As a profession, we struggle to agree on what makes a quality teacher. We developed an approach focused on what teachers do in the classroom rather than who they are. In other words, quality teaching rather than quality teachers.
At the core of our approach is a framework called the quality teaching model, which focuses on three key concepts:
the need for intellectual quality, rigour or challenge in every learning experience
the need to create classroom environments that support not only students but also their learning
the need to increase the significance of student learning so they can see its connection to the world beyond the classroom.
Using this model, we devised a professional development process called “quality teaching rounds”. It is applicable to every grade, subject and teacher career stage.
These rounds involve teachers collaborating in professional learning communities of four or more. They observe and analyse each other’s teaching using the quality teaching model. Over a period of weeks, each teacher takes a turn to host a lesson observed by their peers.
All the teachers (including the host) assess the lesson using the elements of quality in our model. Next, they have discussions about each teacher’s justification of their assessment, drawing on evidence gathered during the lesson.
The goal is to reach consensus on what is working. This process generates lively interaction, critical insights and goes well beyond providing feedback to the host teacher. Importantly, the assessments remain confidential to the participants, creating a safe space for their analysis.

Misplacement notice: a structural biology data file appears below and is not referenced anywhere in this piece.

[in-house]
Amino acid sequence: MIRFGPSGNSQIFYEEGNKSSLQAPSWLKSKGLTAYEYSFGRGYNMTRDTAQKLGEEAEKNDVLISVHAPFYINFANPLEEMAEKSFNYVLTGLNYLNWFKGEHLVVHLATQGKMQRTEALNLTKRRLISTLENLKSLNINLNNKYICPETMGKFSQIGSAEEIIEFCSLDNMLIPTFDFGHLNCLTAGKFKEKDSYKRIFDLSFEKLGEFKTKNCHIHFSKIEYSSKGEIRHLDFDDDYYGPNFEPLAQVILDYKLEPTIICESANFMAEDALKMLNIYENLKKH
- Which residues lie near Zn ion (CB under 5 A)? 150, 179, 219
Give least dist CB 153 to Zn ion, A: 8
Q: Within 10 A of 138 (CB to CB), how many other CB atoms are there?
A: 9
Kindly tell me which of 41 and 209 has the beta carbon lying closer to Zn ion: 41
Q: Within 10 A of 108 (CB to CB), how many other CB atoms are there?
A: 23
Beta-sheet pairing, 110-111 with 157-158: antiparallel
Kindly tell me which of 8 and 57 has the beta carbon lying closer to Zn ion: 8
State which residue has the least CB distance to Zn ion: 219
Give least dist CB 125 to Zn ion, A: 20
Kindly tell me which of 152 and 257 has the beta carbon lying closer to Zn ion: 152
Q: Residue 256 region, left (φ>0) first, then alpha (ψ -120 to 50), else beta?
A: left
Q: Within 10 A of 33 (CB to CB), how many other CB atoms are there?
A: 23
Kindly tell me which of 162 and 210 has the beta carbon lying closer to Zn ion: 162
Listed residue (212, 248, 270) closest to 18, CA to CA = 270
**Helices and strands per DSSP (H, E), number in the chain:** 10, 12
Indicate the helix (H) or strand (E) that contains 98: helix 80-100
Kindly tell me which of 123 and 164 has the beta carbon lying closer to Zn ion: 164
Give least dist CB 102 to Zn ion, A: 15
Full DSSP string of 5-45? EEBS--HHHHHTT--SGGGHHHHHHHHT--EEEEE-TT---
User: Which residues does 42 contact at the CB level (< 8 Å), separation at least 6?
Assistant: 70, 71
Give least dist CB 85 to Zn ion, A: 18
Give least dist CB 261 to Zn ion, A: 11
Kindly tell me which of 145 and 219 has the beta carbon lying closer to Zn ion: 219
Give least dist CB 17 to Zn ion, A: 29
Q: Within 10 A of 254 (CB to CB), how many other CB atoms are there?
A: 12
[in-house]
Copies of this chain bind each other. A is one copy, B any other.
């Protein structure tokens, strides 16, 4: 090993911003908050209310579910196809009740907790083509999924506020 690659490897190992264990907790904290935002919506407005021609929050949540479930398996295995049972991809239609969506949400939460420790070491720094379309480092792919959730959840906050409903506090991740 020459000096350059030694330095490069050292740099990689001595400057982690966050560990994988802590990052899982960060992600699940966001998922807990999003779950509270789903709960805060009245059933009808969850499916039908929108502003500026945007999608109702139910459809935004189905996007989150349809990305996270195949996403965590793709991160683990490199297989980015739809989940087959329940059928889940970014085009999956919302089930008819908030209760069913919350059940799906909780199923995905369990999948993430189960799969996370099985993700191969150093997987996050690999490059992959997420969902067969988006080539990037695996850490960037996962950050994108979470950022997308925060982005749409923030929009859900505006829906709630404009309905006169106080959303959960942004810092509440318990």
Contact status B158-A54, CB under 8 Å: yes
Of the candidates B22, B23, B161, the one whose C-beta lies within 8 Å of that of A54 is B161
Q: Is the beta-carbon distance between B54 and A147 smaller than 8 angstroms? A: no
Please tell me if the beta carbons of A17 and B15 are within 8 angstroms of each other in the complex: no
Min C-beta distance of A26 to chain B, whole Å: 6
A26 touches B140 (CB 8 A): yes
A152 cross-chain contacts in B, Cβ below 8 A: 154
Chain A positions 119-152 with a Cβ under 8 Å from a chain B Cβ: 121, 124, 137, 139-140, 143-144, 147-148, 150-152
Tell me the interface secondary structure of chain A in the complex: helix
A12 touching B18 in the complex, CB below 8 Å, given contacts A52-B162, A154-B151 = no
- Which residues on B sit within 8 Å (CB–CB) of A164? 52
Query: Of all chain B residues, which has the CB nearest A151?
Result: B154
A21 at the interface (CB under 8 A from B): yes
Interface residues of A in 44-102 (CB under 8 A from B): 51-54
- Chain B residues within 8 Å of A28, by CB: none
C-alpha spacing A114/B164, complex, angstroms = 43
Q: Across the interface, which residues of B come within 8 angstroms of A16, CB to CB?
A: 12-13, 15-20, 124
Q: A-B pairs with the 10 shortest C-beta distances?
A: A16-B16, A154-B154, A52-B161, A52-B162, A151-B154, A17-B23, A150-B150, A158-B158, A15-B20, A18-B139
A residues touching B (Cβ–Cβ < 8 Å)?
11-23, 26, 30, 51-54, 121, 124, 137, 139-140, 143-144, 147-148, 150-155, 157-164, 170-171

Does it work?
This approach has been shown to improve the quality of teaching, teacher morale and, most importantly in the current context, student performance.
We conducted a trial involving 192 teachers randomly assigned to two groups: the first group did quality teaching rounds and the comparison group did professional development as usual. The researchers were blinded to group allocation.
Our findings show the quality of teaching (measured by our quality teaching model) improved significantly in the group that participated in rounds.
This year, we published findings of a more recent trial involving 234 year 3 and 4 primary teachers and more than 5,000 students from 133 New South Wales government schools. The participants were randomly assigned to one of three groups: a group involved in quality teaching rounds; a less structured form of peer observation; or professional development as usual (control).
Compared to the control group, student outcomes in mathematics improved by 25% in the group where teachers participated in quality teaching rounds. This was equal to two months additional improvement over an eight month period. The results also improved by less than one month in the peer observation group but were not statistically significant.
Resources matter too
If we are to meet the education minister’s objectives for Australia to again be among the world’s leading nations in student performance, we must support all teachers with professional development shown to work.
Yet it would be remiss not to acknowledge the enormous contribution of out-of-school factors in determining student outcomes.
Inadequate resources and disadvantage in low socioeconomic schools play a significant role in students’ poorer educational outcomes.
Teachers, teaching and teacher education cannot alone make the improvements sought without considerable commitment to, and investment in, rectifying longstanding inequalities.